the protective resemblance in appearance of a palatable or harmless species, as the viceroy butterfly, to an unpalatable or dangerous species, as the monarch butterfly, that is usually avoided by predators.
(zoology) mimicry in which a harmless species is protected from predators by means of its resemblance to a harmful or inedible species
A form of protective mimicry in which an unprotected species (the mimic) closely resembles an unpalatable or harmful species (the model), and therefore is similarly avoided by predators. The close resemblance between certain harmless flies and stinging bees, and the similarity between the colored stripes of the nonpoisonous king snake and those of the highly venomous coral snake, are examples of Batesian mimicry. Batesian mimicry is named after the British naturalist Henry Walter Bates (1825-92). Compare aggressive mimicry, Müllerian mimicry.
William, 1861–1926, English biologist and geneticist. Historical Examples Bateson, in his Materials for the Study of Variation, gives other examples of this kind of variation. The Making of Species Douglas Dewar Poor young Bateson had a sorry time of it for the next week. The Master of the Shell Talbot Baines Reed It’ll be a […]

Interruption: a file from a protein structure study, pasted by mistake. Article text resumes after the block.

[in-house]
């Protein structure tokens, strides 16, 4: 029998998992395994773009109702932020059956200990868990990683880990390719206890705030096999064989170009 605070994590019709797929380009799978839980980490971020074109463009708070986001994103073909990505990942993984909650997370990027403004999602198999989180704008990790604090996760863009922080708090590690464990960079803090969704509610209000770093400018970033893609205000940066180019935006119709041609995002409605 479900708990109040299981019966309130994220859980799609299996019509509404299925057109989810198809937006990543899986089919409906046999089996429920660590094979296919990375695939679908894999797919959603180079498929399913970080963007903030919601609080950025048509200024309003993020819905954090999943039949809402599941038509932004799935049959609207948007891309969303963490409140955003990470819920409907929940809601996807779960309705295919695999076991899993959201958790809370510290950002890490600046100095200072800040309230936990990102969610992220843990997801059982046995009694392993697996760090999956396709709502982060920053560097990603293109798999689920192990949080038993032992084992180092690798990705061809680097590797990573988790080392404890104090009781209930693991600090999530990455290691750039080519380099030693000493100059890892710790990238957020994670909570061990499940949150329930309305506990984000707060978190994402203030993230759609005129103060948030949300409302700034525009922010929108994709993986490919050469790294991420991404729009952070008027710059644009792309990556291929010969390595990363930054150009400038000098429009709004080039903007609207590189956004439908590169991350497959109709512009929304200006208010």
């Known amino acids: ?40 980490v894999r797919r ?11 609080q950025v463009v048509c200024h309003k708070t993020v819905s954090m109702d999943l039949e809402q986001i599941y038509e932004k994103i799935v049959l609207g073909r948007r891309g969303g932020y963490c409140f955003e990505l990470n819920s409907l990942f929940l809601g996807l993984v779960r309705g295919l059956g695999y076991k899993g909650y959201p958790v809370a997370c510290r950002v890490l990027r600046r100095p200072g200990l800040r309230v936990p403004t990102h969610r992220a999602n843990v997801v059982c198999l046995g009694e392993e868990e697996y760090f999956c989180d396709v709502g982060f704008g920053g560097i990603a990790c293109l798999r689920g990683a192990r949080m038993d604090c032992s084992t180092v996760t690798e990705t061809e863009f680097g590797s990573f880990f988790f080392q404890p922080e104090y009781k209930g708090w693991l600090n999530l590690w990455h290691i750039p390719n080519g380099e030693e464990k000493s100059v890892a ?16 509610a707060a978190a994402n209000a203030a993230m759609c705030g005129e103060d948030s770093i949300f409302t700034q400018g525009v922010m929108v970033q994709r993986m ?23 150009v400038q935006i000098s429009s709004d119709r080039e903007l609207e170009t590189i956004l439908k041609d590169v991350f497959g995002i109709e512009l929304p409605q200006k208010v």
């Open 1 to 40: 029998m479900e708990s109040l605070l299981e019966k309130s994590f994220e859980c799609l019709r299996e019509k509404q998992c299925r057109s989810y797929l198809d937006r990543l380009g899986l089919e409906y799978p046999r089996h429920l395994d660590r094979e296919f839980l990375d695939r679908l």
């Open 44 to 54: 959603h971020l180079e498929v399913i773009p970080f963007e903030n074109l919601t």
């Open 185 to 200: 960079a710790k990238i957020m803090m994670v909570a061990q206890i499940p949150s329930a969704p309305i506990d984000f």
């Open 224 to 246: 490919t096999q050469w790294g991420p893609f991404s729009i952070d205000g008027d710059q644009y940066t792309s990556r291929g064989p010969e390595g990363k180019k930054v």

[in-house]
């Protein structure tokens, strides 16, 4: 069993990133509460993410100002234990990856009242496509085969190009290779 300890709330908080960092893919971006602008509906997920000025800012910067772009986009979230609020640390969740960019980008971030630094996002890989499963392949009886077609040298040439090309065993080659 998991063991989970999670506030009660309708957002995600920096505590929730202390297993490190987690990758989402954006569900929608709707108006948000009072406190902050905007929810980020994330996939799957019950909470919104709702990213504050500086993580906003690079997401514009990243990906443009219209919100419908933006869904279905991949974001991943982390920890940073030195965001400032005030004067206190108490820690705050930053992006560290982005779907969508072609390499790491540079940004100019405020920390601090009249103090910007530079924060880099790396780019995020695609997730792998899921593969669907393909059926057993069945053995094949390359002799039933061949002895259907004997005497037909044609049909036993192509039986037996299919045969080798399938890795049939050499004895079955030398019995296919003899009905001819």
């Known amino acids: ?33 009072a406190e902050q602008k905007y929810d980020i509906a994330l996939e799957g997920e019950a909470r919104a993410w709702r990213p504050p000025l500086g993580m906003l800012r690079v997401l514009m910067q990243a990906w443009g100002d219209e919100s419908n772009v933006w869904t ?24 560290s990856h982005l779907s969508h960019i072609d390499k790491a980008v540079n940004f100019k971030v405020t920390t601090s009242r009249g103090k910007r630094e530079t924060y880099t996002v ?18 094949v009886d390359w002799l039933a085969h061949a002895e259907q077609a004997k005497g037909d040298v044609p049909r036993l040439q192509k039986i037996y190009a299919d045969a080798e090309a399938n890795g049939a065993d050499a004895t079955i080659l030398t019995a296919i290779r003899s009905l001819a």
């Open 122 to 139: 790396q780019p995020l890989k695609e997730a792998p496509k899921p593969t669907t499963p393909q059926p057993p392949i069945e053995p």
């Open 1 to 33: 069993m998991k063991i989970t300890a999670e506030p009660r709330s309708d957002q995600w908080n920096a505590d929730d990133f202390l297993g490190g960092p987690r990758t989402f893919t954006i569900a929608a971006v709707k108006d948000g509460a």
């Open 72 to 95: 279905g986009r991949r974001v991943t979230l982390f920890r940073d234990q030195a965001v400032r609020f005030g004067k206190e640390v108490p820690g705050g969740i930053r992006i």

Bureau of Alcohol, Tobacco, and Firearms. Bureau of Alcohol, Tobacco, and Firearms
- Bath and north east somerset
noun a unitary authority in SW England, in Somerset; formerly (1974–96) part of the county of Avon. Pop: 170 900 (2003 est). Area: 351 sq km (136 sq miles)
- Bath bun
a round, sweet bun, usually containing raisins, citron, etc. Historical Examples And I bought a shell-box and a Bath bun, and closed my eyes, and lay musing in an agony of soul. Punch, or the London Charivari, Vol. 108, May 11th, 1895 Various I put it into her hand as I spoke; a Bath bun […]